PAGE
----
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HANGMANS HOLIDAY. Hardcover – 1934

4.4 out of 5 stars 29 customer reviews

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Product details

  • Hardcover
  • Publisher: Victor Gollancz; REPRINT edition (1934)
  • ASIN: B000HJTMRQ
  • Product Dimensions: 20.6 x 14.5 x 2.5 cm
  • Average Customer Review: 4.4 out of 5 stars  See all reviews (29 customer reviews)
  • Amazon Bestsellers Rank: 7,241,552 in Books (See Top 100 in Books)

Customer Reviews

Top Customer Reviews

Format: Paperback
This is a nicely put together, if somewhat pedestrian anthology of short stories. Obviously, the stories featuring Lord Peter Wimsey are the big selling point (and in fact, he features in the first four), there are seven featuring Montague Egg and the last two are stand-alone stories involving neither character.

All of the stories are written with the skill that you'd expect from Sayers and in the Wimsey stories there are welcome appearances by the Dowager Duchess and Bunter (who I learnt for the first time, has Mervyn as his first name). My favourite was probably The Incredible Elopement of Lord Peter Wimsey' because whilst the set-up was a little contrived (would a jealous man really haul himself and his wife over to the Basque region on the off-chance of meeting the man he believes fancies her?), it's the sheer pace and skill of the writing that carries it off.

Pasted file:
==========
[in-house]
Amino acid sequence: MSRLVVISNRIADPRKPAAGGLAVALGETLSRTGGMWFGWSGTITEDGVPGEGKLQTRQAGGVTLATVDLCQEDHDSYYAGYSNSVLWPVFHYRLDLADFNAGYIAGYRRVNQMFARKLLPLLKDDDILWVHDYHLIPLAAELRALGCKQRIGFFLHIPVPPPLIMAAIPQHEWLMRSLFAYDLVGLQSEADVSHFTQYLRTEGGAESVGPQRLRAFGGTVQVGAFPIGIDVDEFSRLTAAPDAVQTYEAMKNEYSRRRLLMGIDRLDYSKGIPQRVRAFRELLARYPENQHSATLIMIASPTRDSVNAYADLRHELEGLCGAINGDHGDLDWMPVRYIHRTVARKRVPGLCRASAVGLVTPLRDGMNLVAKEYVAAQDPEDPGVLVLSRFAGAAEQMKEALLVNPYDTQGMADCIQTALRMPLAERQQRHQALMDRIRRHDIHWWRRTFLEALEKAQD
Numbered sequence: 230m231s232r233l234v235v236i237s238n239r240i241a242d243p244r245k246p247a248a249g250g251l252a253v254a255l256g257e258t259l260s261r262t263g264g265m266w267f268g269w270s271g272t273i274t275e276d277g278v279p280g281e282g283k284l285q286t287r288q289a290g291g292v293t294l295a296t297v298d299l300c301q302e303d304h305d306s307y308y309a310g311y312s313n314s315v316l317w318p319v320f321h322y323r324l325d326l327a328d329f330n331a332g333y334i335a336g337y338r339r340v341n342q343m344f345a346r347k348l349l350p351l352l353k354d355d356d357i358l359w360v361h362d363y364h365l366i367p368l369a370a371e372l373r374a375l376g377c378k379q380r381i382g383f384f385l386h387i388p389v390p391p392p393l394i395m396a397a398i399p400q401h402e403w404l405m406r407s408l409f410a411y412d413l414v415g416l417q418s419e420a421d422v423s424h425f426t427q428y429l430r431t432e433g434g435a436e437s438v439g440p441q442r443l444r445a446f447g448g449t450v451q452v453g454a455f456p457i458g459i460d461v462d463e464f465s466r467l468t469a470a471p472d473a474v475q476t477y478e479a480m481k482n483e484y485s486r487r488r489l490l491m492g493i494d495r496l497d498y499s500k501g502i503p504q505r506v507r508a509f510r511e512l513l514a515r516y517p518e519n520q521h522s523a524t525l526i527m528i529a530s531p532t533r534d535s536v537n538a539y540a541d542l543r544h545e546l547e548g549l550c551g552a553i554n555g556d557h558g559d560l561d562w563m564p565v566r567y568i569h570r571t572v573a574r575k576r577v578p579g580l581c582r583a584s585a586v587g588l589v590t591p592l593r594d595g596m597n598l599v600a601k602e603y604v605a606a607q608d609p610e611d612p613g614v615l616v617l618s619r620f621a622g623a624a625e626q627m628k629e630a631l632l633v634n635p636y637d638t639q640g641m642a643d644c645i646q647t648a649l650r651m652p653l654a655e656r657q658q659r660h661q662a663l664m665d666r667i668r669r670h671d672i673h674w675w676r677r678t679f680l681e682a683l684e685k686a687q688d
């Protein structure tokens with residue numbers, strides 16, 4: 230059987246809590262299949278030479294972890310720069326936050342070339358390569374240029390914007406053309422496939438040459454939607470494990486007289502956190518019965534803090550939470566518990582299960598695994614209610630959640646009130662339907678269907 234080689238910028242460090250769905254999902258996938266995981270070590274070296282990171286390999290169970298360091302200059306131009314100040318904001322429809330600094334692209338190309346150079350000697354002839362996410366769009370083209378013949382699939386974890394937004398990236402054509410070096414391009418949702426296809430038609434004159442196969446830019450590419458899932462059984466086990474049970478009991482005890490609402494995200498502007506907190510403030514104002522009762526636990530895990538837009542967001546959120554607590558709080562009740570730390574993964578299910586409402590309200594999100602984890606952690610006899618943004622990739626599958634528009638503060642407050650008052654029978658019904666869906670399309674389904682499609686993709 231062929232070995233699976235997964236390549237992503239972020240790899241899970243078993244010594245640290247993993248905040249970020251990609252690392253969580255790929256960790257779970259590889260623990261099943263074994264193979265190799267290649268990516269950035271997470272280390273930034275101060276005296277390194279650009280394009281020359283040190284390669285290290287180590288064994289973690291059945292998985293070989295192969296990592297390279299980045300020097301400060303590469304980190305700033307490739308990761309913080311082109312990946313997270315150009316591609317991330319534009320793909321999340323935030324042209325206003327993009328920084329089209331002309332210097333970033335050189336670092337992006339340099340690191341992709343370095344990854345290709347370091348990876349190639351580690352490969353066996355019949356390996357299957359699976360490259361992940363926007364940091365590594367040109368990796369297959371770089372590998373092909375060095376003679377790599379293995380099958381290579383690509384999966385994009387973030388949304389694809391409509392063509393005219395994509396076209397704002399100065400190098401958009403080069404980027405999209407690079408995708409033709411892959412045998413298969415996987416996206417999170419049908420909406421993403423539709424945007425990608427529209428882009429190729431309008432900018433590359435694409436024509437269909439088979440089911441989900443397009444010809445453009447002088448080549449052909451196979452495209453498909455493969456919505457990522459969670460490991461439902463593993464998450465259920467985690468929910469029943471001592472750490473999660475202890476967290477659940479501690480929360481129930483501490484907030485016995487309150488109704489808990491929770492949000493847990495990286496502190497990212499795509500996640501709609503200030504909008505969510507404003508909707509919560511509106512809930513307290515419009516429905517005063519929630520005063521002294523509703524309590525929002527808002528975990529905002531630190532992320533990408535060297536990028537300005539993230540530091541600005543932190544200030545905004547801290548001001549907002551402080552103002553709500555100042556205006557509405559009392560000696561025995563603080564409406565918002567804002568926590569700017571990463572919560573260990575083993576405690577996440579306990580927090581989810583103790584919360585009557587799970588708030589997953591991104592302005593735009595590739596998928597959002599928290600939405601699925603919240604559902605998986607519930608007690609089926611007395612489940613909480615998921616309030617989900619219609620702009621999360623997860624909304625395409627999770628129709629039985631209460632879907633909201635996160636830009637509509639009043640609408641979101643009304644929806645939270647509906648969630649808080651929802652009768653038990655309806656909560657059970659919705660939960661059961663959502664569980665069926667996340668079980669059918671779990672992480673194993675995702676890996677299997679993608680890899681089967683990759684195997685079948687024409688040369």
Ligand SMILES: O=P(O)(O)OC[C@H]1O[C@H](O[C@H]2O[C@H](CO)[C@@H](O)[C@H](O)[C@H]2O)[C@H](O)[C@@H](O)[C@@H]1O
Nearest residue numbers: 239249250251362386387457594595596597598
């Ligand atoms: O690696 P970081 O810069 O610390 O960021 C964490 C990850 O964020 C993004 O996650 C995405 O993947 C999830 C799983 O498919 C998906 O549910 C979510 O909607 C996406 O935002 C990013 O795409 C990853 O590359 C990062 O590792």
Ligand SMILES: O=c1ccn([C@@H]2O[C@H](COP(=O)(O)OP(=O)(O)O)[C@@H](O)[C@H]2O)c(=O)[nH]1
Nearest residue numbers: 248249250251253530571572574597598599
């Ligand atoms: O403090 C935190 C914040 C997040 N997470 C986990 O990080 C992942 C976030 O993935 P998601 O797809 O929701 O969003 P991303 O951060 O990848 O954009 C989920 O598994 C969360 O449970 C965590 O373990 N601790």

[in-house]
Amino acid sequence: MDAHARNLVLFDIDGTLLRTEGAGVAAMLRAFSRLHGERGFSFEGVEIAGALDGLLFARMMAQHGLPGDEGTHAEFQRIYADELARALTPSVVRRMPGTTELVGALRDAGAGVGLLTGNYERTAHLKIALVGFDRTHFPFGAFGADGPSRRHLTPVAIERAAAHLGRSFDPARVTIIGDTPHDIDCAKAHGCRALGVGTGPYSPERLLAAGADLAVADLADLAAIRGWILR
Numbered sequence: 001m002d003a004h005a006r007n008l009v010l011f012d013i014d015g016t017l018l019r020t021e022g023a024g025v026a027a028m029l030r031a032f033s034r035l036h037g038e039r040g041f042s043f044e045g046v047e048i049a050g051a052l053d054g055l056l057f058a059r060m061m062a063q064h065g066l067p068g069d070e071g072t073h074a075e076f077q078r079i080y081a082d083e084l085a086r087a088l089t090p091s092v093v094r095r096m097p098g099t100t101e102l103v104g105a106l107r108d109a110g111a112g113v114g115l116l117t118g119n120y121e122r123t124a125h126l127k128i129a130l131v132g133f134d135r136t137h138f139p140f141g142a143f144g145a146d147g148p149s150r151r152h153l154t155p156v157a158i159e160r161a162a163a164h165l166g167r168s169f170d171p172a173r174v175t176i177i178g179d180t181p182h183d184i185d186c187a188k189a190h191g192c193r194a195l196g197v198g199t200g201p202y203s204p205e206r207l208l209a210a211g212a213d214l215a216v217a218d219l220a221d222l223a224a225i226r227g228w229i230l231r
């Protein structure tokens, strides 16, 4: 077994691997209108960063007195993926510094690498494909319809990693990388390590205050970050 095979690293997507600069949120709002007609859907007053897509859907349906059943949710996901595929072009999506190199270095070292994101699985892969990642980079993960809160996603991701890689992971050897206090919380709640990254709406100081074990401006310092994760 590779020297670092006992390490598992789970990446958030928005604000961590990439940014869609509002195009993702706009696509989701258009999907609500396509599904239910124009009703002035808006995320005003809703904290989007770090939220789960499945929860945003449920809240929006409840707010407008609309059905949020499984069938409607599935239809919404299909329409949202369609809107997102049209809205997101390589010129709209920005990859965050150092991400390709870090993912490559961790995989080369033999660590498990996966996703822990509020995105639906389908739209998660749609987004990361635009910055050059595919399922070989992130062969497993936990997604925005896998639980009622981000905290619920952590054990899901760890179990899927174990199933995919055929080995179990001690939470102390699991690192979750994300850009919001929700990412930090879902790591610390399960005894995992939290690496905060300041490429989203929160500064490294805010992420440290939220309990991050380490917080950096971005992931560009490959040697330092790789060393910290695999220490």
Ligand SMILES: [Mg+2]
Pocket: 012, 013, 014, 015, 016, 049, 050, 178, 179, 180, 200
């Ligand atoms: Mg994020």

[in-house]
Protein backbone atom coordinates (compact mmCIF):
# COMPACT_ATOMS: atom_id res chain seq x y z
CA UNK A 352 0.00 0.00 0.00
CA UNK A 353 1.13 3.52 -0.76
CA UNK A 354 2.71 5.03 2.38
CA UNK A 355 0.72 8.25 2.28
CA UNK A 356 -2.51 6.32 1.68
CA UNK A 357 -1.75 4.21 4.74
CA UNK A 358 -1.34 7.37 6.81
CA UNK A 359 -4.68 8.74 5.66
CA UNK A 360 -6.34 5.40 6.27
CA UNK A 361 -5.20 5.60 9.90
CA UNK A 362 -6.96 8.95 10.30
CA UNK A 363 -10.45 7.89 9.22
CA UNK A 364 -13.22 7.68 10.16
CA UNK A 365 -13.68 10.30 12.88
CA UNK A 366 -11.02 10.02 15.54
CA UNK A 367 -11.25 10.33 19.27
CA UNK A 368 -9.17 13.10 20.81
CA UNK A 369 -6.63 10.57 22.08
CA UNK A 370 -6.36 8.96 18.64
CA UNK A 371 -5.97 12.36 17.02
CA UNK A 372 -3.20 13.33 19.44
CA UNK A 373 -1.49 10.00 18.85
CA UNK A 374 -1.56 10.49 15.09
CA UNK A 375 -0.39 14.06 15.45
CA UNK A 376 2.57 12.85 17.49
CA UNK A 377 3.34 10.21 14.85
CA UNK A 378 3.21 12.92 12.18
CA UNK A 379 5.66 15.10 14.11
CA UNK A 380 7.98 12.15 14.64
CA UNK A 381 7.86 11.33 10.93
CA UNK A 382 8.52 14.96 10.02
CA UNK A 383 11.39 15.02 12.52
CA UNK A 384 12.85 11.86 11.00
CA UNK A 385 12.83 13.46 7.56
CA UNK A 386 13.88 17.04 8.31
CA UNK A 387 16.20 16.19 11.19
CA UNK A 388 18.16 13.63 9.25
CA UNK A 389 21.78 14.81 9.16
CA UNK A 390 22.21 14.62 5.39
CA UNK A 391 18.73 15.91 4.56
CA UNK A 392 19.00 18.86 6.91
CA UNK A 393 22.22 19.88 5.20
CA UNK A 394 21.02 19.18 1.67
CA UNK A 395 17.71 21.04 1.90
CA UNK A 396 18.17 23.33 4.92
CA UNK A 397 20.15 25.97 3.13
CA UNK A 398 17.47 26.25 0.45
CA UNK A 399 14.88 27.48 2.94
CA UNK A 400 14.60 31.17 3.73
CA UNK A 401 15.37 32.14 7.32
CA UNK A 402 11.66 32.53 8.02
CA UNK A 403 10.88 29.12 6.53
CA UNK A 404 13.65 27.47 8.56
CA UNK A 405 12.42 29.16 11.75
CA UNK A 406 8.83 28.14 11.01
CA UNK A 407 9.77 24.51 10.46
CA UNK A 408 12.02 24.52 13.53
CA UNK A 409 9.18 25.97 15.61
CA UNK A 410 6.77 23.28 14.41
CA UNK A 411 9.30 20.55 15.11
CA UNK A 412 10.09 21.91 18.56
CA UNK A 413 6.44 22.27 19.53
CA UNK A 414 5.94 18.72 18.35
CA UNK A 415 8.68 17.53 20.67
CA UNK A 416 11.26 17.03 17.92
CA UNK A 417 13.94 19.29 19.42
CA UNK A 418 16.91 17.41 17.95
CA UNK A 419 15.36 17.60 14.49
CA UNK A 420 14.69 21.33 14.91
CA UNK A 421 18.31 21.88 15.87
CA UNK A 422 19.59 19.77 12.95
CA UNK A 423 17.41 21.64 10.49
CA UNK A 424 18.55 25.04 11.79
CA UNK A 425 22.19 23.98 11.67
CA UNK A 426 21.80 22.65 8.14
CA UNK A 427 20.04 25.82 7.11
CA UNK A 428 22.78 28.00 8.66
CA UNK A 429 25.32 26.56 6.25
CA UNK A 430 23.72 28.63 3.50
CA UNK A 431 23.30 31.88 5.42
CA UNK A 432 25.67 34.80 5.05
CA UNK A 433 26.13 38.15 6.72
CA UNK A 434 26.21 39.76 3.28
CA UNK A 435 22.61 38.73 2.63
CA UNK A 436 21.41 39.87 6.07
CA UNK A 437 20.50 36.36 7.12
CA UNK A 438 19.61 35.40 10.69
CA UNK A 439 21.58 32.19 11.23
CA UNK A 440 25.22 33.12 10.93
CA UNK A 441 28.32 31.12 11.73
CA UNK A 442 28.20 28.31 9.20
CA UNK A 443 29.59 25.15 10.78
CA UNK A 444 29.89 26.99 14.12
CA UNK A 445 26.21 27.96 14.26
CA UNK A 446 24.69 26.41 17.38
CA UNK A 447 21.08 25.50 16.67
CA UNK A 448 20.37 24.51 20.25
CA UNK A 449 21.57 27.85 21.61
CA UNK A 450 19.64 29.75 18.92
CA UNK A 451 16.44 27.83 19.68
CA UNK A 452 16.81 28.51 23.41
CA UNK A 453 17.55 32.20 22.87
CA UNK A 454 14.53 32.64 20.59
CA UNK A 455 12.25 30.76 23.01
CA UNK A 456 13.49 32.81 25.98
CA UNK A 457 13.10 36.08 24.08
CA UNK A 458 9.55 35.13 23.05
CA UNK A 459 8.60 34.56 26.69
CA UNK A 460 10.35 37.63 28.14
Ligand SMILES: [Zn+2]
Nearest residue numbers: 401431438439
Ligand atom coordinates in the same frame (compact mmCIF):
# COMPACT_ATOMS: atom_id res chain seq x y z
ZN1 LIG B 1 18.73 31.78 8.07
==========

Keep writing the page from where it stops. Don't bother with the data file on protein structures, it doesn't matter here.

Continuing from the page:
As an introduction to Montague Egg, I found myself interested in his methods but I think that there is a certain similarity with Wimsey that meant I couldn't quite believe in him as a character in his own right. I liked the device of the Salesman's Handbook and I also liked the repeated image of him toddling around the country in his Morris car, persuading people to buy the fine wares of "Plummet & Rose, wines and spirits, Piccadilly" but there isn't quite enough of him for me to be a fan.

The final two stories in the collection - 'The Man Who Knew How' and 'The Fountain Plays' actually read to me as precursors to the kind of short story that Roald Dahl was famous for - each has a twist in the tale that would not be out of place in an episode of Tales of the Unexpected and I found them very enjoyable.
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By Bernie VINE VOICE on 28 Mar. 2005
Format: Paperback
"Hangman's Holiday" is a collection of short stories. There are twelve mysteries around the twenties and thirties England in this book, each stands alone but has a common feel; they are:

"The Image in the Mirror"

"The Incredible Elopement of Lord Peter Wimsey"

"The Queen's Square"

"The Necklace of Pearls"

"The Poisoned Dow '08"

"Sleuths on the Scent"

"Murder in the Morning"

"One too Many"

"Murder at Pentecost"

"Maher-Shalal-Hashbaz"

"The Man Who Knew How"

"The Fountain Plays"

It may be my perception but the mysteries get better and more intriguing as the next one appears. Then it is over.

I will not pull them apart as the fun is listening to them unfold. You may also want to look for the unabridged tape, as the narrator is Ian Carmichael who played Lord Peter Wimsey. He changes his voice for the different people and you can tell the difference. There is a statement that tells you when the tape side ends.
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Format: Paperback Verified Purchase